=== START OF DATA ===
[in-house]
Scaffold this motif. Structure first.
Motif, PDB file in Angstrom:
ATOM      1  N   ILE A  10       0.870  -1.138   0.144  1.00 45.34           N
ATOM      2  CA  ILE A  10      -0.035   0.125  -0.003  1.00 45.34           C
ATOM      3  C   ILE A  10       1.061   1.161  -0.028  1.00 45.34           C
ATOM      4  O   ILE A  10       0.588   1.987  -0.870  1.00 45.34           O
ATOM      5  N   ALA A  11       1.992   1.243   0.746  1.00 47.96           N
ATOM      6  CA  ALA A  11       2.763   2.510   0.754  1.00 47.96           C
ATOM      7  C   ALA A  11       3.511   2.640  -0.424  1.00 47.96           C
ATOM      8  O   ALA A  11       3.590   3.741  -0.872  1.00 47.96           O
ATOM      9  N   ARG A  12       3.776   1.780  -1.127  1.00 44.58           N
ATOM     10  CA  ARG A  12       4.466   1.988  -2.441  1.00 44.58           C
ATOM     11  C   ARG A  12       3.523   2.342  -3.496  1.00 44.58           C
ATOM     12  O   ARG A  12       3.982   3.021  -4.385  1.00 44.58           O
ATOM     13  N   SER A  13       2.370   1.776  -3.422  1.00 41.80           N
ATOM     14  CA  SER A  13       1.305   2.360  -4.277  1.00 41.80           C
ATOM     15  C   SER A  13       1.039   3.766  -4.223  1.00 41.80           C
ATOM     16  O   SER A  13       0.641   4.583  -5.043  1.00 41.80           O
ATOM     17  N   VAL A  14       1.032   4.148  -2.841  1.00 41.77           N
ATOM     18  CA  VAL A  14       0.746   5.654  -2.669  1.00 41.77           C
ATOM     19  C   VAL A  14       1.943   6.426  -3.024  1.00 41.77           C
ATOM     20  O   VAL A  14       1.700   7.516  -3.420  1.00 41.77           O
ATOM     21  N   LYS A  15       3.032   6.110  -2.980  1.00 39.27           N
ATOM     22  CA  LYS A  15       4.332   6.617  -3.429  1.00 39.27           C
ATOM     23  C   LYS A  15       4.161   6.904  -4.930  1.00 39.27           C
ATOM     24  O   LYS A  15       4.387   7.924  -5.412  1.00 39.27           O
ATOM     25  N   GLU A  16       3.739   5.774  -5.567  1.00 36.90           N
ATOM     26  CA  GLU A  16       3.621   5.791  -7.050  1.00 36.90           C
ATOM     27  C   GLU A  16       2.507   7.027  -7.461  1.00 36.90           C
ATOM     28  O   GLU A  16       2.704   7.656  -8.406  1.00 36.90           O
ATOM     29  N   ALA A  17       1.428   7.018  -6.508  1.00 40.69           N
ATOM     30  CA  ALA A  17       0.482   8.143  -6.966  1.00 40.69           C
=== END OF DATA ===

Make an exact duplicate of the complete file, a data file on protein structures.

[in-house]
Scaffold this motif. Structure first.
Motif, PDB file in Angstrom:
ATOM      1  N   ILE A  10       0.870  -1.138   0.144  1.00 45.34           N
ATOM      2  CA  ILE A  10      -0.035   0.125  -0.003  1.00 45.34           C
ATOM      3  C   ILE A  10       1.061   1.161  -0.028  1.00 45.34           C
ATOM      4  O   ILE A  10       0.588   1.987  -0.870  1.00 45.34           O
ATOM      5  N   ALA A  11       1.992   1.243   0.746  1.00 47.96           N
ATOM      6  CA  ALA A  11       2.763   2.510   0.754  1.00 47.96           C
ATOM      7  C   ALA A  11       3.511   2.640  -0.424  1.00 47.96           C
ATOM      8  O   ALA A  11       3.590   3.741  -0.872  1.00 47.96           O
ATOM      9  N   ARG A  12       3.776   1.780  -1.127  1.00 44.58           N
ATOM     10  CA  ARG A  12       4.466   1.988  -2.441  1.00 44.58           C
ATOM     11  C   ARG A  12       3.523   2.342  -3.496  1.00 44.58           C
ATOM     12  O   ARG A  12       3.982   3.021  -4.385  1.00 44.58           O
ATOM     13  N   SER A  13       2.370   1.776  -3.422  1.00 41.80           N
ATOM     14  CA  SER A  13       1.305   2.360  -4.277  1.00 41.80           C
ATOM     15  C   SER A  13       1.039   3.766  -4.223  1.00 41.80           C
ATOM     16  O   SER A  13       0.641   4.583  -5.043  1.00 41.80           O
ATOM     17  N   VAL A  14       1.032   4.148  -2.841  1.00 41.77           N
ATOM     18  CA  VAL A  14       0.746   5.654  -2.669  1.00 41.77           C
ATOM     19  C   VAL A  14       1.943   6.426  -3.024  1.00 41.77           C
ATOM     20  O   VAL A  14       1.700   7.516  -3.420  1.00 41.77           O
ATOM     21  N   LYS A  15       3.032   6.110  -2.980  1.00 39.27           N
ATOM     22  CA  LYS A  15       4.332   6.617  -3.429  1.00 39.27           C
ATOM     23  C   LYS A  15       4.161   6.904  -4.930  1.00 39.27           C
ATOM     24  O   LYS A  15       4.387   7.924  -5.412  1.00 39.27           O
ATOM     25  N   GLU A  16       3.739   5.774  -5.567  1.00 36.90           N
ATOM     26  CA  GLU A  16       3.621   5.791  -7.050  1.00 36.90           C
ATOM     27  C   GLU A  16       2.507   7.027  -7.461  1.00 36.90           C
ATOM     28  O   GLU A  16       2.704   7.656  -8.406  1.00 36.90           O
ATOM     29  N   ALA A  17       1.428   7.018  -6.508  1.00 40.69           N
ATOM     30  CA  ALA A  17       0.482   8.143  -6.966  1.00 40.69           C